SITE 1: Diatoms sparce. Limited number of genera. Specimens generally small. No colonies observed.

SITE 2: Diatoms common/abundant. Good number of genera. Specimens small to extremely large. Colonies observed.

SITE 3: Diatoms common/abundant. Good number of genera. Specimens small to large. Colonies observed.

Between 20 and 30 images have been collected from each site sampled and permanant slides have been made for each site. The images presented above are offered to give a 'broad strokes' feel for the diatom populations at each site.

The diatomic study is already proving to be as much fun as it was hoped it would be. Very educational as well as entertaining (at least for me) and over time the slide collection should become a useful resource for the Woodlands View Education project, as well as for future study by diatom experts. I hope you are also enjoying this journey into the microscopic world of the diatom. Cheerio for now, JK.

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Posted by on in Microscapes

The next installment of the Diatom Survey should be along in the next few days. While you're waiting for it to arrive, here's a little video that is not only entertaining, but I think is also rather thought-provoking.

Diatoms are single-celled organisms that get their energy from the Sun via photosynthesis, so they don't need to hunt for food. If they don't live in colonies where they attach to others of their kind they don't need to search for friends. They reproduce by binary fission, dividing into two daughter cells each with one half of the diatom shell and each daughter then makes the other half for itself, so they don't need to search for a partner.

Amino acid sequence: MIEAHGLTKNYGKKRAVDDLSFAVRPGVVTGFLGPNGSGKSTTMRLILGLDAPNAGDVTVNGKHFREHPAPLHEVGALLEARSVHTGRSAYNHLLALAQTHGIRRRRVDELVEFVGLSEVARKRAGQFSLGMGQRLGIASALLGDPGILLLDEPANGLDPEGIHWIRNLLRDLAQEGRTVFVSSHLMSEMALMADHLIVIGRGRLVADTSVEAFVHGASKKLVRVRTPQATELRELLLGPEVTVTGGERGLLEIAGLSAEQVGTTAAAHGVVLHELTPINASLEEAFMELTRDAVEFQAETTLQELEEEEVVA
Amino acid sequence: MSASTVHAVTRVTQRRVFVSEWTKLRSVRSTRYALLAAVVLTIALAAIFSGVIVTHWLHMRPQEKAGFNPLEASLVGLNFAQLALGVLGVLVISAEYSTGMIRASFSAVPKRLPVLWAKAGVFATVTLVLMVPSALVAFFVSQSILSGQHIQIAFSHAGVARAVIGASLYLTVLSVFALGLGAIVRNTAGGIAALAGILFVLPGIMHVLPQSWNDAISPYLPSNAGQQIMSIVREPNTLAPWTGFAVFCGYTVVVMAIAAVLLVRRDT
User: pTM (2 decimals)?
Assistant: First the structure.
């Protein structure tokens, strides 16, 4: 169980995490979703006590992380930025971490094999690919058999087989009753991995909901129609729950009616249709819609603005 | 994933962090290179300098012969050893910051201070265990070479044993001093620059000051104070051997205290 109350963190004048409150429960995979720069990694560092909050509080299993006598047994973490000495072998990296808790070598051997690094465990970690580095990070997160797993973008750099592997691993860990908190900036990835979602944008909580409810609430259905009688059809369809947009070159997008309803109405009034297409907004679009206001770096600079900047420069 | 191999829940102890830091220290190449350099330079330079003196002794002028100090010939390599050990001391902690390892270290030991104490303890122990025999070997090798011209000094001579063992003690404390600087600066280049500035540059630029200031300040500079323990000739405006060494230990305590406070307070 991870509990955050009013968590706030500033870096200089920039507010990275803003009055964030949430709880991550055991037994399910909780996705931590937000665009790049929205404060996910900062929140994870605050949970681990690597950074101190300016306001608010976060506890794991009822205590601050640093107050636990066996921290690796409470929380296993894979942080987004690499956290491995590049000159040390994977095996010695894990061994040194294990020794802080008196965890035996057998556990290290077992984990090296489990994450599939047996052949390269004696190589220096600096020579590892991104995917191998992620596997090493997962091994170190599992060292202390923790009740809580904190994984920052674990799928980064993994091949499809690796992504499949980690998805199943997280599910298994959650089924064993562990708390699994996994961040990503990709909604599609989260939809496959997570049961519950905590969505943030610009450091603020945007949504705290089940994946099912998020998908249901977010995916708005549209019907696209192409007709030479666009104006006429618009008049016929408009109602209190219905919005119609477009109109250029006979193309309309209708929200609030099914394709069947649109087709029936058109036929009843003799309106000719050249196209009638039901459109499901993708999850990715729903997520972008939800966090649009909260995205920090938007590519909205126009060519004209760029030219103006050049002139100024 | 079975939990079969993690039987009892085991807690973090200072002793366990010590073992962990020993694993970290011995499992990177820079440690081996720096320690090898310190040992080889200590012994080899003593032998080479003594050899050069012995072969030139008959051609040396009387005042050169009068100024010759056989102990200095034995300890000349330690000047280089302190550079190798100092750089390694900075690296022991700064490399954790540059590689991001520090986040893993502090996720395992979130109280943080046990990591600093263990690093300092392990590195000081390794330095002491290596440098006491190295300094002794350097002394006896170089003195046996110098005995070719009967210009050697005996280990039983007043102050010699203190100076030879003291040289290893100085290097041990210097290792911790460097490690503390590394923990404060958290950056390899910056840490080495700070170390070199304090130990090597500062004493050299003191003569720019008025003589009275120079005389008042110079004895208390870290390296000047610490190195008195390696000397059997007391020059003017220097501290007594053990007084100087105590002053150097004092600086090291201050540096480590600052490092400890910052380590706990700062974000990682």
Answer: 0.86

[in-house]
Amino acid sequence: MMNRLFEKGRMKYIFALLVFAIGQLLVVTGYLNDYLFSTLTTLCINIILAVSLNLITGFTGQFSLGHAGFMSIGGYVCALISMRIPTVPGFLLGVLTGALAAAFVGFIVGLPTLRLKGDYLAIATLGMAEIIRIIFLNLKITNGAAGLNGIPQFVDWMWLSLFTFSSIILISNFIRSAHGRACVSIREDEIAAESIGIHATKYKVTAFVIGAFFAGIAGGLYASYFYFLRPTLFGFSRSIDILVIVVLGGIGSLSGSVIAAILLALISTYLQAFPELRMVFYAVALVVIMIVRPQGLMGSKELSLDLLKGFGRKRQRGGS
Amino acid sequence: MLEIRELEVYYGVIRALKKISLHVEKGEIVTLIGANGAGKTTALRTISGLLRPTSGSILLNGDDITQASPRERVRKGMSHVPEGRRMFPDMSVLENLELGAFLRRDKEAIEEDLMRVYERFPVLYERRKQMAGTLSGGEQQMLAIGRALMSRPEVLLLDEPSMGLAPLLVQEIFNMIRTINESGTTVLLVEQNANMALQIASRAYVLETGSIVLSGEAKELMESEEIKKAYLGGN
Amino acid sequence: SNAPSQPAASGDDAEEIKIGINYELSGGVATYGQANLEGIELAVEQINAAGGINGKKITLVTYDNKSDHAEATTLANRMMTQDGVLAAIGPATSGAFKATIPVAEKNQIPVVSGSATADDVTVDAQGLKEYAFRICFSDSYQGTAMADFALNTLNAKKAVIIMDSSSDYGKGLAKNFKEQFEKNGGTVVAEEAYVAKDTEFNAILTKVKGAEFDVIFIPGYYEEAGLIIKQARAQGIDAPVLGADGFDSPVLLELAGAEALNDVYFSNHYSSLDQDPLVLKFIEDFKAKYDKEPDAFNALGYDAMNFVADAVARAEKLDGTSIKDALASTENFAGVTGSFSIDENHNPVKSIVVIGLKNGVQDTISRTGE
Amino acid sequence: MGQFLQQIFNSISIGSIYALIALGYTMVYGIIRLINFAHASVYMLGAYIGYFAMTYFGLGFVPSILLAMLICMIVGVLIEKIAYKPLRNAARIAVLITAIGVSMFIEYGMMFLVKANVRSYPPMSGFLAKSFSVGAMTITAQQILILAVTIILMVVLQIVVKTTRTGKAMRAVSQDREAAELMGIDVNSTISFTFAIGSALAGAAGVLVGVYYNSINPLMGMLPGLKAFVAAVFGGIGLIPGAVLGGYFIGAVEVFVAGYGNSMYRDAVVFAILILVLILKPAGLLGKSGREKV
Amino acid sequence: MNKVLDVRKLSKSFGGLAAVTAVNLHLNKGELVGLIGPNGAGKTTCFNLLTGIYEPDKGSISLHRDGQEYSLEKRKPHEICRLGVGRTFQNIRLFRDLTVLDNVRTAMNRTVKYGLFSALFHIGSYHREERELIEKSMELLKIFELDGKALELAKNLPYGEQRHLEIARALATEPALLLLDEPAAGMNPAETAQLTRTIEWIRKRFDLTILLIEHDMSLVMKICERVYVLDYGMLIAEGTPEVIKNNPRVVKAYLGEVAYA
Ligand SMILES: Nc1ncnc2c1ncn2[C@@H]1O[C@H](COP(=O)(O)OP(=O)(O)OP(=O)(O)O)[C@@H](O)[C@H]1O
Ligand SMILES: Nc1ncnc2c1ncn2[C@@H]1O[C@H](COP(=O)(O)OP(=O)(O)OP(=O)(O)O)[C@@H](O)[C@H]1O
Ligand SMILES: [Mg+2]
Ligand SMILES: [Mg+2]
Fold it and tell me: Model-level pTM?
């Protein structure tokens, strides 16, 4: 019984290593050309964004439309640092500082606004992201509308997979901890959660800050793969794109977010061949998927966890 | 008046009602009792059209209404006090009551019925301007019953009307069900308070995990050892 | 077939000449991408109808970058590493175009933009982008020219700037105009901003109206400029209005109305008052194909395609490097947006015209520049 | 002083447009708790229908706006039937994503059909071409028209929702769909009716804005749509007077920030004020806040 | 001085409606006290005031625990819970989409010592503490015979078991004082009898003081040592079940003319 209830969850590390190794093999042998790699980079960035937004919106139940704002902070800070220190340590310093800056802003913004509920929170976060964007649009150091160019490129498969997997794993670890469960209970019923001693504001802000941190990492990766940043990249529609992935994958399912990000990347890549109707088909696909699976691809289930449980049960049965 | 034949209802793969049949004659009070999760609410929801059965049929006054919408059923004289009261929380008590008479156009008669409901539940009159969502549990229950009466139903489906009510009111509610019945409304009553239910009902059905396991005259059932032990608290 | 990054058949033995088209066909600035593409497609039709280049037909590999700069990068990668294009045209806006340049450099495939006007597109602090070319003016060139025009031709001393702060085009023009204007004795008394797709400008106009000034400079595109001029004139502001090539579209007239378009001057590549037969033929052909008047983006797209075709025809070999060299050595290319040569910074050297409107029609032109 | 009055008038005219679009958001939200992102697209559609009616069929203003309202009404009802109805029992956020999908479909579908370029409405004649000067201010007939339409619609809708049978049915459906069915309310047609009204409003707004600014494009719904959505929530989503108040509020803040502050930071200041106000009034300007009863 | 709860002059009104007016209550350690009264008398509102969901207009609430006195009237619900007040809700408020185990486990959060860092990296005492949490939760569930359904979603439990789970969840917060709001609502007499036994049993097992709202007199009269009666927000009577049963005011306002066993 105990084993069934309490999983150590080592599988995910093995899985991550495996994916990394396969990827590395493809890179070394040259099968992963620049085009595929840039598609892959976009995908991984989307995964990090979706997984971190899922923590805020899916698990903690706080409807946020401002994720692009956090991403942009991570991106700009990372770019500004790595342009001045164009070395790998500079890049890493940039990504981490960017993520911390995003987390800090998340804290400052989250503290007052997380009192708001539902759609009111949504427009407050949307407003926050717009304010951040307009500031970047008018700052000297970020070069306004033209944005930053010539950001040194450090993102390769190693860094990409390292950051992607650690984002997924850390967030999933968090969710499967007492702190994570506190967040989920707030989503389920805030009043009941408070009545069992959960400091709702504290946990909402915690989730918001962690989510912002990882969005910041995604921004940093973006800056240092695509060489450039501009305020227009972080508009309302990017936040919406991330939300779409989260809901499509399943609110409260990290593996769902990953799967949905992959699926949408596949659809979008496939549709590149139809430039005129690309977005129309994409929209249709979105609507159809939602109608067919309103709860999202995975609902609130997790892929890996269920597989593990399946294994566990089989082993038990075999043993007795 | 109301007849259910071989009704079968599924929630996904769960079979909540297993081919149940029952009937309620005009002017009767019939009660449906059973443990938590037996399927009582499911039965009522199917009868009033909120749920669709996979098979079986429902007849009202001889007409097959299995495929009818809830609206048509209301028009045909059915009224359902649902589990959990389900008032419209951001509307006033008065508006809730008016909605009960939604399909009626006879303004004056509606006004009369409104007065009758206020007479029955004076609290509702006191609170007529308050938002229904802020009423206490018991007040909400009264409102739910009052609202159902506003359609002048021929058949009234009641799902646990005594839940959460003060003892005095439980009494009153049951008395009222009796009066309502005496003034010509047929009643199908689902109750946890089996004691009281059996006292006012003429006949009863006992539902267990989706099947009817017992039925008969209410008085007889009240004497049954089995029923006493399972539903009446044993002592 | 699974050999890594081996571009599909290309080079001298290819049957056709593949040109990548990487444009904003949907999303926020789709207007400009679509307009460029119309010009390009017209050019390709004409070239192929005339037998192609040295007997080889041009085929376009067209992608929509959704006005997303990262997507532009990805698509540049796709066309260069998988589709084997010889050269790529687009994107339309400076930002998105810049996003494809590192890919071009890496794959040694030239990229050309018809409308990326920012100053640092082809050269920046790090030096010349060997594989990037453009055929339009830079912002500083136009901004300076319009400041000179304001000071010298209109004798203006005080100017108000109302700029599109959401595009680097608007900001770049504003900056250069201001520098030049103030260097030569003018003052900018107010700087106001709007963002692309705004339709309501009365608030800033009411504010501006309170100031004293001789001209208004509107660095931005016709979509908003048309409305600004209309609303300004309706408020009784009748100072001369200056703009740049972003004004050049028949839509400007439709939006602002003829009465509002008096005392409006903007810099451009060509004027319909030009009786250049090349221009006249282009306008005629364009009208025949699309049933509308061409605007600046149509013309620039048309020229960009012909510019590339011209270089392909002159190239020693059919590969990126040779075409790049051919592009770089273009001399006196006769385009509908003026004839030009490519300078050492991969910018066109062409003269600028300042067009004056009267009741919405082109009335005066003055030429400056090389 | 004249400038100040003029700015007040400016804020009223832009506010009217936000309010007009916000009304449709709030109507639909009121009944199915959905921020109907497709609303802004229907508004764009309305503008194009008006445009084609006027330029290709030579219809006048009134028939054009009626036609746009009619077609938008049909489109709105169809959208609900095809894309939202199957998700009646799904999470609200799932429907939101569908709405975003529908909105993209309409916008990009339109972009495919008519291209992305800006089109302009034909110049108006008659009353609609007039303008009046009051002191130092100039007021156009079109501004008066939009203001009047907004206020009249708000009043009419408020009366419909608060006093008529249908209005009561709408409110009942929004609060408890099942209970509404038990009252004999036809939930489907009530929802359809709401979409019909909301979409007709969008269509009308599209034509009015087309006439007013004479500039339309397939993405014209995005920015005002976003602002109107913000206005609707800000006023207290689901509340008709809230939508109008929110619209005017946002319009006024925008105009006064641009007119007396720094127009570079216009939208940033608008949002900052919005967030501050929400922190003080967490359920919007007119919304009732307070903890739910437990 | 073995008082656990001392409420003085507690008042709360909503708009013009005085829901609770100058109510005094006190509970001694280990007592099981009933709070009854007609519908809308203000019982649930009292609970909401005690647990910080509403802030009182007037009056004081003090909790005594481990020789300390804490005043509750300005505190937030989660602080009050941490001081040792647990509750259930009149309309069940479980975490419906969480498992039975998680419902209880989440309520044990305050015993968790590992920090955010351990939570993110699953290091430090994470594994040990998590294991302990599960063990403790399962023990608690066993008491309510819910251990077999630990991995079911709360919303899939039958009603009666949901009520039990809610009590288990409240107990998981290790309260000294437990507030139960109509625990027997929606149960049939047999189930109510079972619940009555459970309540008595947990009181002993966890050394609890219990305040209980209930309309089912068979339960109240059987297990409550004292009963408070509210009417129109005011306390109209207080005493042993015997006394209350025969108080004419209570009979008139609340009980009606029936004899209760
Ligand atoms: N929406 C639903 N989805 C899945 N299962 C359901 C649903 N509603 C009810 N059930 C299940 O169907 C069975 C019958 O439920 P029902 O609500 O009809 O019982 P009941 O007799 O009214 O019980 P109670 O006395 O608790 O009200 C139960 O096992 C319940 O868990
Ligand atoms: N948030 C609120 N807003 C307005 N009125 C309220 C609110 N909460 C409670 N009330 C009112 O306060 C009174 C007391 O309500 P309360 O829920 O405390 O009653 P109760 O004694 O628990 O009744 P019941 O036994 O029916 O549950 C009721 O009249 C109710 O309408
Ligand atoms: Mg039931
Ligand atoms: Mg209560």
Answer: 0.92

So why do diatoms move? Even though their meanderings do seem rather aimless there must be some reason for it, but I admit, I cannot come up with a sensible suggestion for it. Perhaps you can. If you know, or find out, then please feel free to contact me: This email address is being protected from spambots. You need JavaScript enabled to view it.

Here are a small collection of motile diatoms. Enjoy.


Tagged in: Diatom
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Posted by on in Microscapes

It's not actually the diatoms that I've been dancing with, but the microscope imaging software has been leading me on a merry dance indeed. Having sorted out the calibration routine I'm now able to measure very accurately in microns, as mentioned previously, but now I find that the images can only be stored as .tft files if they contain measurement data. This type of file does not load into any other program! Grrrr I have, however, managed to find a 'workaround' that works with relative ease and actually produces a better finished result. Yaaay

Another piece of good news is that I've managed to produce my first permanant slide using the Naphrax mountant without setting fire to the house, causing explosions, killing my dog, or any other nastiness. Hopefully this will be the case for all future permanant slide preparations. The Naphrax mountant has a higher refractive index (RI) than glass, water, and diatoms, so the finer details of the diatom shells are now coming into view. These fine structures are important for identification purposes and it shouldn't be too long before I can start placing my specimens into their genera.

Here's an example of some diatoms taken from a wet orange-stained moss on a wall at Woodlands View. Enjoy.